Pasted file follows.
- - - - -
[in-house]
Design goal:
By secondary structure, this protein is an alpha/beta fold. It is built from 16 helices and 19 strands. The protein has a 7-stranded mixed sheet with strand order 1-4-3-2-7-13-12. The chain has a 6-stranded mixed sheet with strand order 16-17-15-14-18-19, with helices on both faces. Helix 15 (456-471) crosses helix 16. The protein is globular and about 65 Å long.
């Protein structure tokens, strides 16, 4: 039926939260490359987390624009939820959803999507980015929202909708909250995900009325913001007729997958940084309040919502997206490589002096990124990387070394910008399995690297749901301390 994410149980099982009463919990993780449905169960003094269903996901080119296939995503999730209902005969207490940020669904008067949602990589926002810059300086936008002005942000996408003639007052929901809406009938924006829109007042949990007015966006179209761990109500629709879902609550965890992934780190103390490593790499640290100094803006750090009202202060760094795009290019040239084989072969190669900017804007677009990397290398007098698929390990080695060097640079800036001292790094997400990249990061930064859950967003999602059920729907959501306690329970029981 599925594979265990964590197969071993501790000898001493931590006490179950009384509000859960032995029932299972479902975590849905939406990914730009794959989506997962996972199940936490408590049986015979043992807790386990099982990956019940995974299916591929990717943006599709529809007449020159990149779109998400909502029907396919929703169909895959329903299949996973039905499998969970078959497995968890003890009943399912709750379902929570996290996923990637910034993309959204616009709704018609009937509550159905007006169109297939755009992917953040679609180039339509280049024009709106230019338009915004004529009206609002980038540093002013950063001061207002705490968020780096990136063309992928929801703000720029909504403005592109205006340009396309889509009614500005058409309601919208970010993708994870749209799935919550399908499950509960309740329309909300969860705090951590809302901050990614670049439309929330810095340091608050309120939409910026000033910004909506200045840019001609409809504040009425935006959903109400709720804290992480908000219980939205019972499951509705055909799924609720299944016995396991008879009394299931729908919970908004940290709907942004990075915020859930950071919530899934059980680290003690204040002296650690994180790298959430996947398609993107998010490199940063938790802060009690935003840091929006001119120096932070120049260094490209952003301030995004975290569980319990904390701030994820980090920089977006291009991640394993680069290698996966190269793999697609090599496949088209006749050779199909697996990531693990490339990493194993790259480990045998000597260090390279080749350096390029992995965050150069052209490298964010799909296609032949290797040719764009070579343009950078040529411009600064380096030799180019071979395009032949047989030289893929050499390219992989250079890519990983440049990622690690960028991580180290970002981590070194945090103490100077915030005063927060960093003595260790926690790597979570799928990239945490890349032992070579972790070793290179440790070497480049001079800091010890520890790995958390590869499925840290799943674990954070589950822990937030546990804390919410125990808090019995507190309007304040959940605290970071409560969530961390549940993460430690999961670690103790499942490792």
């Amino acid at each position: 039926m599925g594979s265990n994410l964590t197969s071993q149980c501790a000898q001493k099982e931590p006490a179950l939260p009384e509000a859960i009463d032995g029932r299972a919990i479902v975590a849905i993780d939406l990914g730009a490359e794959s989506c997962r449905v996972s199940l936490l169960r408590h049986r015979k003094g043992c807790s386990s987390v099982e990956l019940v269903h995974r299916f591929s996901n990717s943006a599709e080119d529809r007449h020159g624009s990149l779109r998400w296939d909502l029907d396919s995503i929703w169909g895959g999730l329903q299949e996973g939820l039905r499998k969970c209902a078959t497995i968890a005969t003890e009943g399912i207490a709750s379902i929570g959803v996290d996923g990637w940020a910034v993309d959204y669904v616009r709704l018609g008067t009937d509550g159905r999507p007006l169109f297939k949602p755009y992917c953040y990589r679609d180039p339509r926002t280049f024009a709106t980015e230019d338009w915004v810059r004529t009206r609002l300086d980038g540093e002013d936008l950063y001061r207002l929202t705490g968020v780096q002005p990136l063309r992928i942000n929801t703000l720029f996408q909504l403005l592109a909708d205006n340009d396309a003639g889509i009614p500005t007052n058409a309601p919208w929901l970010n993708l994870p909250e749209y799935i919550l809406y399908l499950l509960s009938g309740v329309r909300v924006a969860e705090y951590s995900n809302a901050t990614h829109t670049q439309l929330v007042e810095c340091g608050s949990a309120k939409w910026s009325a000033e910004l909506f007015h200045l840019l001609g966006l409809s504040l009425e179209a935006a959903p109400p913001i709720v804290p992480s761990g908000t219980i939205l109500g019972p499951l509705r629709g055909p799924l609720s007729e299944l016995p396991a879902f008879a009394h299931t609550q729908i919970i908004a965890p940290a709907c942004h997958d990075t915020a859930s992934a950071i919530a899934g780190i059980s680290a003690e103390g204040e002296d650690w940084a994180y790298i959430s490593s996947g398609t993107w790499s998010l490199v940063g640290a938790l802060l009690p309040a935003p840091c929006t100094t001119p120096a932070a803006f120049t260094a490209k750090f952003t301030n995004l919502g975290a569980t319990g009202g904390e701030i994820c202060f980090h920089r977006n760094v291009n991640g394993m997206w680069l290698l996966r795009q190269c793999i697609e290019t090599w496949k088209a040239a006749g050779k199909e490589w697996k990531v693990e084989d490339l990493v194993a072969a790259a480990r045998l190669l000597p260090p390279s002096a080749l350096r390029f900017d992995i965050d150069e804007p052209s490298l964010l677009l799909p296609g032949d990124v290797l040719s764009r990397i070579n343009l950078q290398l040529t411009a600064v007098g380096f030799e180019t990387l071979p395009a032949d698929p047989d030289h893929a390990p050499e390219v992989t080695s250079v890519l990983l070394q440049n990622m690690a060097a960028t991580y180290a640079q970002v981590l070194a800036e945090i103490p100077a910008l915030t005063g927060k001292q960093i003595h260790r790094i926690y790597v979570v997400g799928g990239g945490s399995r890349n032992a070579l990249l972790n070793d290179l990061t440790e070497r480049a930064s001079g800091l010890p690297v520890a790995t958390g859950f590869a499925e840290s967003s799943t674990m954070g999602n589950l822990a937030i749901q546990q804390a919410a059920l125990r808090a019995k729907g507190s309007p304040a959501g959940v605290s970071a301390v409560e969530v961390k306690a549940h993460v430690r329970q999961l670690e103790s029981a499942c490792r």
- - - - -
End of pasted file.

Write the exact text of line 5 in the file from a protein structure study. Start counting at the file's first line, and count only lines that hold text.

């Amino acid at each position: 039926m599925g594979s265990n994410l964590t197969s071993q149980c501790a000898q001493k099982e931590p006490a179950l939260p009384e509000a859960i009463d032995g029932r299972a919990i479902v975590a849905i993780d939406l990914g730009a490359e794959s989506c997962r449905v996972s199940l936490l169960r408590h049986r015979k003094g043992c807790s386990s987390v099982e990956l019940v269903h995974r299916f591929s996901n990717s943006a599709e080119d529809r007449h020159g624009s990149l779109r998400w296939d909502l029907d396919s995503i929703w169909g895959g999730l329903q299949e996973g939820l039905r499998k969970c209902a078959t497995i968890a005969t003890e009943g399912i207490a709750s379902i929570g959803v996290d996923g990637w940020a910034v993309d959204y669904v616009r709704l018609g008067t009937d509550g159905r999507p007006l169109f297939k949602p755009y992917c953040y990589r679609d180039p339509r926002t280049f024009a709106t980015e230019d338009w915004v810059r004529t009206r609002l300086d980038g540093e002013d936008l950063y001061r207002l929202t705490g968020v780096q002005p990136l063309r992928i942000n929801t703000l720029f996408q909504l403005l592109a909708d205006n340009d396309a003639g889509i009614p500005t007052n058409a309601p919208w929901l970010n993708l994870p909250e749209y799935i919550l809406y399908l499950l509960s009938g309740v329309r909300v924006a969860e705090y951590s995900n809302a901050t990614h829109t670049q439309l929330v007042e810095c340091g608050s949990a309120k939409w910026s009325a000033e910004l909506f007015h200045l840019l001609g966006l409809s504040l009425e179209a935006a959903p109400p913001i709720v804290p992480s761990g908000t219980i939205l109500g019972p499951l509705r629709g055909p799924l609720s007729e299944l016995p396991a879902f008879a009394h299931t609550q729908i919970i908004a965890p940290a709907c942004h997958d990075t915020a859930s992934a950071i919530a899934g780190i059980s680290a003690e103390g204040e002296d650690w940084a994180y790298i959430s490593s996947g398609t993107w790499s998010l490199v940063g640290a938790l802060l009690p309040a935003p840091c929006t100094t001119p120096a932070a803006f120049t260094a490209k750090f952003t301030n995004l919502g975290a569980t319990g009202g904390e701030i994820c202060f980090h920089r977006n760094v291009n991640g394993m997206w680069l290698l996966r795009q190269c793999i697609e290019t090599w496949k088209a040239a006749g050779k199909e490589w697996k990531v693990e084989d490339l990493v194993a072969a790259a480990r045998l190669l000597p260090p390279s002096a080749l350096r390029f900017d992995i965050d150069e804007p052209s490298l964010l677009l799909p296609g032949d990124v290797l040719s764009r990397i070579n343009l950078q290398l040529t411009a600064v007098g380096f030799e180019t990387l071979p395009a032949d698929p047989d030289h893929a390990p050499e390219v992989t080695s250079v890519l990983l070394q440049n990622m690690a060097a960028t991580y180290a640079q970002v981590l070194a800036e945090i103490p100077a910008l915030t005063g927060k001292q960093i003595h260790r790094i926690y790597v979570v997400g799928g990239g945490s399995r890349n032992a070579l990249l972790n070793d290179l990061t440790e070497r480049a930064s001079g800091l010890p690297v520890a790995t958390g859950f590869a499925e840290s967003s799943t674990m954070g999602n589950l822990a937030i749901q546990q804390a919410a059920l125990r808090a019995k729907g507190s309007p304040a959501g959940v605290s970071a301390v409560e969530v961390k306690a549940h993460v430690r329970q999961l670690e103790s029981a499942c490792r």